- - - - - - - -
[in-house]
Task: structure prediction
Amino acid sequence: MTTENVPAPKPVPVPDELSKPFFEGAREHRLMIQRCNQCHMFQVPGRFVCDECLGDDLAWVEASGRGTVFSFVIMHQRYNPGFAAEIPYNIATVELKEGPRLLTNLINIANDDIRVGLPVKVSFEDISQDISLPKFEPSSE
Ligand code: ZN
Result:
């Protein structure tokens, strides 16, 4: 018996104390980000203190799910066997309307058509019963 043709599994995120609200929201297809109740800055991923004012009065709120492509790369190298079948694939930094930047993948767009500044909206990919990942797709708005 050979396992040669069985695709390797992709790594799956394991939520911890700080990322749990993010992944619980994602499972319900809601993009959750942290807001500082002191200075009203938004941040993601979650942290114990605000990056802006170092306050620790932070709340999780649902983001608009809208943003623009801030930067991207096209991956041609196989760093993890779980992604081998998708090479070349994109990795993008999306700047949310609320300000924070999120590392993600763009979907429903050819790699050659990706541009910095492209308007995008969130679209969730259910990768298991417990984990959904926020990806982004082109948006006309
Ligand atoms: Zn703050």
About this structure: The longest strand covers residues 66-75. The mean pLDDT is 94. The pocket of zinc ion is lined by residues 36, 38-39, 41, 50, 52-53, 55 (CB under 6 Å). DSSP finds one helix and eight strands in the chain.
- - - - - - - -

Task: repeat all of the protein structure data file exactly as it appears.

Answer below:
[in-house]
Task: structure prediction
Amino acid sequence: MTTENVPAPKPVPVPDELSKPFFEGAREHRLMIQRCNQCHMFQVPGRFVCDECLGDDLAWVEASGRGTVFSFVIMHQRYNPGFAAEIPYNIATVELKEGPRLLTNLINIANDDIRVGLPVKVSFEDISQDISLPKFEPSSE
Ligand code: ZN
Result:
């Protein structure tokens, strides 16, 4: 018996104390980000203190799910066997309307058509019963 043709599994995120609200929201297809109740800055991923004012009065709120492509790369190298079948694939930094930047993948767009500044909206990919990942797709708005 050979396992040669069985695709390797992709790594799956394991939520911890700080990322749990993010992944619980994602499972319900809601993009959750942290807001500082002191200075009203938004941040993601979650942290114990605000990056802006170092306050620790932070709340999780649902983001608009809208943003623009801030930067991207096209991956041609196989760093993890779980992604081998998708090479070349994109990795993008999306700047949310609320300000924070999120590392993600763009979907429903050819790699050659990706541009910095492209308007995008969130679209969730259910990768298991417990984990959904926020990806982004082109948006006309
Ligand atoms: Zn703050």
About this structure: The longest strand covers residues 66-75. The mean pLDDT is 94. The pocket of zinc ion is lined by residues 36, 38-39, 41, 50, 52-53, 55 (CB under 6 Å). DSSP finds one helix and eight strands in the chain.